The adaptive immune response, also called acquired immunity, refers to antigen-specific immune response; thus, antigen presentation induces the development of effective T- and B-cell responses. B-cells can be divided into memory B cells that express membrane-bound antibodies, or plasma B cells that can secrete antibodies to identify free pathogens circulating into the body. All B cells express a B cell receptor involved in antigen binding, internalization, and processing of antigens, other than activation of intracellular signaling pathways. T cells instead mature into the thymus where they start to express T cell receptors (TCRs) and CD4 and CD8 receptors. T cell receptors, assisted by CD4 or CD8 receptors, recognize antigens bound to certain major histocompatibility complex class 1 (MHCI) and class 2 (MHCII), expressed by antigen presenting cells such as macrophages and dendritic cells. Mature T cells can be mainly divided into Helper T cells, CD4+ cells involved in the activation of other immune cells, cytotoxic T cells, CD8+ that removes pathogens and infected cells, and T regulatory cells. T regulatory cells (Treg) play a central role in the regulation of the adaptive immune response and represent a T lymphocyte subpopulation that maintains tolerance to self-antigens and prevents autoimmune disease [37]. Tregs are produced in the thymus as a subpopulation of T cells and express a transcription factor (Forkhead box protein 3) involved in Treg development and function [38]. Tregs can also be induced from naive T cells in the periphery in the presence of transforming growth factor b (TGF-β).

K63 ubiquitylation is specifically involved in the suppressive function of Treg cells, and it has been described as fundamental for the immunosuppressive function of Tregs in murine models in vivo [39]. It is also well known that NF-κB signaling can modulate Treg cell differentiation [40]. Chang et al. demonstrated that Ubc13 deficiency in Treg, with the subsequent reduction in K63 ubiquitylation, impaired the in vivo suppressive function of these cells. Ubc13 deficiency in Ubc13Treg−KO mice, in fact, was able to influence the IKK signaling axis normally required for the expression of specific Treg functional factors, such as IL-10 and SOCS1 [39]. Both IL-10 and SOCS1 can specifically regulate Treg stability and inhibition activity.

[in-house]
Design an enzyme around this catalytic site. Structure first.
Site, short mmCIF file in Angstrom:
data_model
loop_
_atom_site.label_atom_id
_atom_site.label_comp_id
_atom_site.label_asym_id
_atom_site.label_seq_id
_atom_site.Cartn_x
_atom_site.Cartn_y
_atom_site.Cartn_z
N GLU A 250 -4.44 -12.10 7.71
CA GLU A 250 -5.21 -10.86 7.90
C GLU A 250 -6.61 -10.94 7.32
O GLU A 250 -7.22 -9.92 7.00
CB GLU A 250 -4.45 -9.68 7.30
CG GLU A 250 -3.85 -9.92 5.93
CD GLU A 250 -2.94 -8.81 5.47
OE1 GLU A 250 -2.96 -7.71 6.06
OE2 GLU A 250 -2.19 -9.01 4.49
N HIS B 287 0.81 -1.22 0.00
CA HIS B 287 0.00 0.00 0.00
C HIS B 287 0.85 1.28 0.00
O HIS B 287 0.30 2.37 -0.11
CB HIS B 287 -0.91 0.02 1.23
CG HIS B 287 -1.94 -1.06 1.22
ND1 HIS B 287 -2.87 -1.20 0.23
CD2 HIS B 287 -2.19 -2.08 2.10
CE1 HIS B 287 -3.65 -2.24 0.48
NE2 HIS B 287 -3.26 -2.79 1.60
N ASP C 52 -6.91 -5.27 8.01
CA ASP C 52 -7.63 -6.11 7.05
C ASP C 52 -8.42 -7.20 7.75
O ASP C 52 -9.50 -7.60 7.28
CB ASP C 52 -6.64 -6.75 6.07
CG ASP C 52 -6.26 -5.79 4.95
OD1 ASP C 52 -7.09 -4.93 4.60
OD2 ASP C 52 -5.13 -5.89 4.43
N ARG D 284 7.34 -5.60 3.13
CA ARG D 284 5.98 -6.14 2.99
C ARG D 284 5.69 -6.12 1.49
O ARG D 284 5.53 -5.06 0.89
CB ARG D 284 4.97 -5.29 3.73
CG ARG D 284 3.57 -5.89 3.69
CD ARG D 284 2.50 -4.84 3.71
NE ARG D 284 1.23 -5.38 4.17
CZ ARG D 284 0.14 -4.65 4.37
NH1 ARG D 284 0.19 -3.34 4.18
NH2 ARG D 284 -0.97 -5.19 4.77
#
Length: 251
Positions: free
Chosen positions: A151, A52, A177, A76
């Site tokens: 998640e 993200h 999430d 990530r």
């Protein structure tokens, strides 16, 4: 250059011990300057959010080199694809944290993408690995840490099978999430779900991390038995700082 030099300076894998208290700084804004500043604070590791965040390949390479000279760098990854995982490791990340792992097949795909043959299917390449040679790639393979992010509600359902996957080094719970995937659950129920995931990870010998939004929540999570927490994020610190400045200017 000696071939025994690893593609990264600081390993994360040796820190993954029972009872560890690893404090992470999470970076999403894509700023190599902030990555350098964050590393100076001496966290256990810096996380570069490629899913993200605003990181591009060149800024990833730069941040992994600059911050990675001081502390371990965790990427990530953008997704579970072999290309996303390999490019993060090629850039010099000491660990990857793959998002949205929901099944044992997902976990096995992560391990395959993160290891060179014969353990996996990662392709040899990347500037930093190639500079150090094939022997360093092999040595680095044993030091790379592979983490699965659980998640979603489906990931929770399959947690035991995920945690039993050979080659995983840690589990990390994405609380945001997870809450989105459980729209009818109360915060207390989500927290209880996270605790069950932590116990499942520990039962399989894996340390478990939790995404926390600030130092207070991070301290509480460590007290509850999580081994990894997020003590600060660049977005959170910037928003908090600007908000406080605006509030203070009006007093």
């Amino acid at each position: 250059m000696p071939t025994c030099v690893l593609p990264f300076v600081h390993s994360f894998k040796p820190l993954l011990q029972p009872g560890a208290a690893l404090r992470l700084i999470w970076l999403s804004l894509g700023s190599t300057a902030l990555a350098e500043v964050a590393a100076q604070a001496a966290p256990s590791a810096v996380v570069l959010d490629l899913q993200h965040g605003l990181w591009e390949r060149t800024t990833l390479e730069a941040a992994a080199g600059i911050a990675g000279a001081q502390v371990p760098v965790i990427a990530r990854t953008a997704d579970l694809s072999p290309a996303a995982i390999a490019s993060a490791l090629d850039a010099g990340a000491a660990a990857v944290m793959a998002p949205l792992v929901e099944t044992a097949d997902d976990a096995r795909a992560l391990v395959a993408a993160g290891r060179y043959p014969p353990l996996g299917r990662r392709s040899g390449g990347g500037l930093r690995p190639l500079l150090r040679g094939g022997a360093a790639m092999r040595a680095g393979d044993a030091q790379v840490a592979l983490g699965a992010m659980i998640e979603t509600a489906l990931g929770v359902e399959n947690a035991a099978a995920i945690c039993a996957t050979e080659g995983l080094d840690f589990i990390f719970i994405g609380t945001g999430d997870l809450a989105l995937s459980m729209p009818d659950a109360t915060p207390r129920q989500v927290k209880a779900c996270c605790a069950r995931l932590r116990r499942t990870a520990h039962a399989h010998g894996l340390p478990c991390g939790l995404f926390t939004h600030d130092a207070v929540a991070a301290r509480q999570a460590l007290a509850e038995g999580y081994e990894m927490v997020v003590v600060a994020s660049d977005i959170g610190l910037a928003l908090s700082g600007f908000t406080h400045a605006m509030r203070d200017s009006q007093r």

Defects in Treg cells have been described in several human immune disorders including systemic lupus erythematosus (SLE). Treg disorders in SLE patients are characterized by abnormal peripheral tolerance that has been linked to a deficiency in the E3 ubiquitin ligase Cbl-b [41], involved in the regulation of T cell receptor signaling, during the induction of peripheral tolerance. Interestingly SLE patients were also characterized by an altered pattern of K63 ubiquitinated proteins in Tregs, with a decreased expression of K63 ubiquitinated proteins, related to increased pSTAT-3 expression [42]. These processes could be responsible for the loss of Treg suppressive capacity in SLE patients.

K63 ubiquitylation can also influence B cell receptor, T cell receptor, and IL-1 receptor (IL-1R)-mediated immune responses. Murine Ubc13-deficient T cells showed altered proliferation in response to diverse stimuli and impaired intracellular signaling altering the activation of both NF-κB and MAP kinases into T cells [43]. Also, murine Ubc13-deficient (Ubc13−/−) B cells showed impaired activation of the B cell receptor and CD40-induced activation, as well as Toll-like receptor mediated activation [44]. All this evidence underlies the meaning of this process in the mammalian immune response, thus indicating the importance of investigating K63 ubiquitylation in immune disorders.